With just under an hour left of Saturday, here are six pictures from the garden today. Lots of yellow this week.
1. Alstroemeria ‘Konkajoli’
I have tended to avoid Alstroemeria hybrids, because many are reported to be invasive. This was advertised as a civilized cultivar that doesn’t take over the flowerbed. After two years, I’m starting to wonder if it is too civilized. It seems to produce just one stem at a time and shows no inclination to form a nice clump. Pretty flowers, though.
2. Hydrangea quercifolia
When I blogged about oakleaf hydrangea a couple of weeks ago, I mentioned that the flowers would soon fade to pink. Well, they have.
3. Verbascum chaixii
Unlike many mulleins, V. chaixii is a perennial rather than a short-lived biennial. I have both the yellow- and white-flowered forms growing in the sunnier areas of the garden. Hoping for volunteer seedlings but haven’t seen any yet.
4. Ligularia japonica ‘Chinese Dragon’
This species isn’t thrilled with our hot summer, but it seems to do reasonably well in the shade of a dogwood tree. The deeply cut leaves and big yellow flowers are interesting, but I really like the flower buds. They are ribbed longitudinally and look like miniature green pumpkins.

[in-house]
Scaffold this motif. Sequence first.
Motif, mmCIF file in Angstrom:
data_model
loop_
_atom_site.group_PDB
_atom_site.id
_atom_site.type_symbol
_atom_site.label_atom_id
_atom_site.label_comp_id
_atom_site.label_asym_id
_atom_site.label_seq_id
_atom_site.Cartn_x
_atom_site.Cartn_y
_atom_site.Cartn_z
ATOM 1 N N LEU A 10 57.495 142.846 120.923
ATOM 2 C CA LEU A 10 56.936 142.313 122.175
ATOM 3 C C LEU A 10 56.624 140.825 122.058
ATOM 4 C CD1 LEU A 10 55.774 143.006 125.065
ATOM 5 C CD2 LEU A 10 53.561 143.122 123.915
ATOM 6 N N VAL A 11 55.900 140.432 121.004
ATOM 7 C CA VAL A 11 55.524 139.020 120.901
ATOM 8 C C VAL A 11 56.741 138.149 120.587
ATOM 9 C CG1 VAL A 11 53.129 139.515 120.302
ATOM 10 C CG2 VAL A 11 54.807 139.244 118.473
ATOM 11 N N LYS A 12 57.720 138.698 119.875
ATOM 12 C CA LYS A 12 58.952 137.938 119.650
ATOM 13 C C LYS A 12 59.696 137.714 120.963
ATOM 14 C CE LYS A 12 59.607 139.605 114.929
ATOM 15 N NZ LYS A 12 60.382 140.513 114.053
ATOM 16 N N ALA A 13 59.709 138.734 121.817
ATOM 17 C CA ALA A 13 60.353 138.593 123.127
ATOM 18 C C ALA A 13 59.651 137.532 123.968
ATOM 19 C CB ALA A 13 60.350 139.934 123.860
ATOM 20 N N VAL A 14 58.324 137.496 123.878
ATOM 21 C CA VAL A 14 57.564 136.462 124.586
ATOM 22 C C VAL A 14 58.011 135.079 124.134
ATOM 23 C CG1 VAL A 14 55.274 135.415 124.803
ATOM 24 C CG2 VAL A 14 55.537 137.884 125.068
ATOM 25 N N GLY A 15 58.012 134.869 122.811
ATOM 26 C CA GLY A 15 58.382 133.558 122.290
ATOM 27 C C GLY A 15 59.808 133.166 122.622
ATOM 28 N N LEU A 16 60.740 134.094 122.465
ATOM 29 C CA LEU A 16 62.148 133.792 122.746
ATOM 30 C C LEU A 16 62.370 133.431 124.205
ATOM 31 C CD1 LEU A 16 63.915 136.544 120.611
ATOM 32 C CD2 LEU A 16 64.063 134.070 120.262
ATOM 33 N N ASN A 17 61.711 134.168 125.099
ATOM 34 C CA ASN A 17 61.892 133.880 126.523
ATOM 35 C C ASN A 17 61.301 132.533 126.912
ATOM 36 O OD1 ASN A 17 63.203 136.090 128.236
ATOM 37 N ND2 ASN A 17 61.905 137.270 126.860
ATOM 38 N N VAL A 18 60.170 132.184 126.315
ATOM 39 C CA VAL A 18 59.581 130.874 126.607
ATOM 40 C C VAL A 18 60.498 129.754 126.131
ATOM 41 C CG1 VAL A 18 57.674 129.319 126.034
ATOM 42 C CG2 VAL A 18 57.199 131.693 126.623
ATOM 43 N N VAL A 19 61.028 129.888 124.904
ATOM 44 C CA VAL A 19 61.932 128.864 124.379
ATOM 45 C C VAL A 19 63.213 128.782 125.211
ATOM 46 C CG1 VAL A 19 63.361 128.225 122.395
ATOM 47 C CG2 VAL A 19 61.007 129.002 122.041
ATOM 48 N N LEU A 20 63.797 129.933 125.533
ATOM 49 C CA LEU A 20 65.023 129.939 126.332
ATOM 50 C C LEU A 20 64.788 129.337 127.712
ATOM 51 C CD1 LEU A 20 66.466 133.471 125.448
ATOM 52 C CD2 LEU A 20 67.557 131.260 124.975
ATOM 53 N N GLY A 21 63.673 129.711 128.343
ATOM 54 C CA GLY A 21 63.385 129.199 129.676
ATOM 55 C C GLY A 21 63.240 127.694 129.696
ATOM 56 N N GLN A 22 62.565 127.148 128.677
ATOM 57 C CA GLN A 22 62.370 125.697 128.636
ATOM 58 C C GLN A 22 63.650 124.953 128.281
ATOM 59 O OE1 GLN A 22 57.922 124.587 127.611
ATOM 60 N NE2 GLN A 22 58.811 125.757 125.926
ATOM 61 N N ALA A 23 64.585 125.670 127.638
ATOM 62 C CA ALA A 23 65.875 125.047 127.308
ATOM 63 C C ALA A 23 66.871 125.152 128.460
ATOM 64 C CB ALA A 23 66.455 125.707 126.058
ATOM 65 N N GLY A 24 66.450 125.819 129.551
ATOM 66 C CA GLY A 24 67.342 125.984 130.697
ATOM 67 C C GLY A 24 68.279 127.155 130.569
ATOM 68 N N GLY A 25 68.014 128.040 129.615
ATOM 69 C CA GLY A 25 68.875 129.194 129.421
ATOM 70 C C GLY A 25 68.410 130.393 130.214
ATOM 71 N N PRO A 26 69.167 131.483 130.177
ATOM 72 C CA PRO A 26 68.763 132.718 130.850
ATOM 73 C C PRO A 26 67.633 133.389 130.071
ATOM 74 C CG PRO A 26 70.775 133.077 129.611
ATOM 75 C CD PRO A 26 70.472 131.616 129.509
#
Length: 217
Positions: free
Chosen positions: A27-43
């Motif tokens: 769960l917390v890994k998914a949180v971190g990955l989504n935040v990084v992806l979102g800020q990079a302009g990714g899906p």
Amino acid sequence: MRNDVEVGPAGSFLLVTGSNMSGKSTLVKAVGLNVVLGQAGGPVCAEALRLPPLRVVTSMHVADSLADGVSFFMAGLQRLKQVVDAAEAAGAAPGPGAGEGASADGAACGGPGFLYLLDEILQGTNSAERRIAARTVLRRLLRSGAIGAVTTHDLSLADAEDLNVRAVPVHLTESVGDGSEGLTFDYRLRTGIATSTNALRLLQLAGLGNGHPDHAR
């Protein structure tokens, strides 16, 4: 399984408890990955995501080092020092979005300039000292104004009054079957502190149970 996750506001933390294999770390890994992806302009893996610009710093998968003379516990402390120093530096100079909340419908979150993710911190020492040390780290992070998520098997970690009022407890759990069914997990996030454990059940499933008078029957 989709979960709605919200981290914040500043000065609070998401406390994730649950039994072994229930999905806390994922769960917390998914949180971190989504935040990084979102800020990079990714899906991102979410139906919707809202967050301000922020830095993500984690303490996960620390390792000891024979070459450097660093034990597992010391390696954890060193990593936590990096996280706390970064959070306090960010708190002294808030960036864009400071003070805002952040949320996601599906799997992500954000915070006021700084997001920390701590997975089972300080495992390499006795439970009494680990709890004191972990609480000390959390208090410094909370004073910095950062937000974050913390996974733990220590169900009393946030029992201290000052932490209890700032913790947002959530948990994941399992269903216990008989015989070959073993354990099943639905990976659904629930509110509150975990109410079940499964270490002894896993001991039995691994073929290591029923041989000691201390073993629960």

5. Canna ‘Tenerife’
Canna season has started, which means lots of bright flowers, lush foliage, and constant checking to make sure that caterpillars of the lesser canna leafroller moth (Geshna cannalis) aren’t feasting on leaves that they seal with a loop of silk before the young foliage can unroll. The leafrollers are ugly, maggoty-looking things that skeletonize canna leaves and make a mess with their frass. I hate to use pesticides on plants that attract so many pollinators, so I have to squish the caterpillars by hand. Yuck.
6. Canna ‘Pacific Beauty’
The flowers of this clone look almost fluorescent against the dark brown/purple foliage. In this climate, cannas can be left in the ground year round, as long as the rhizome is planted six or eight inches deep and mulched well in the autumn.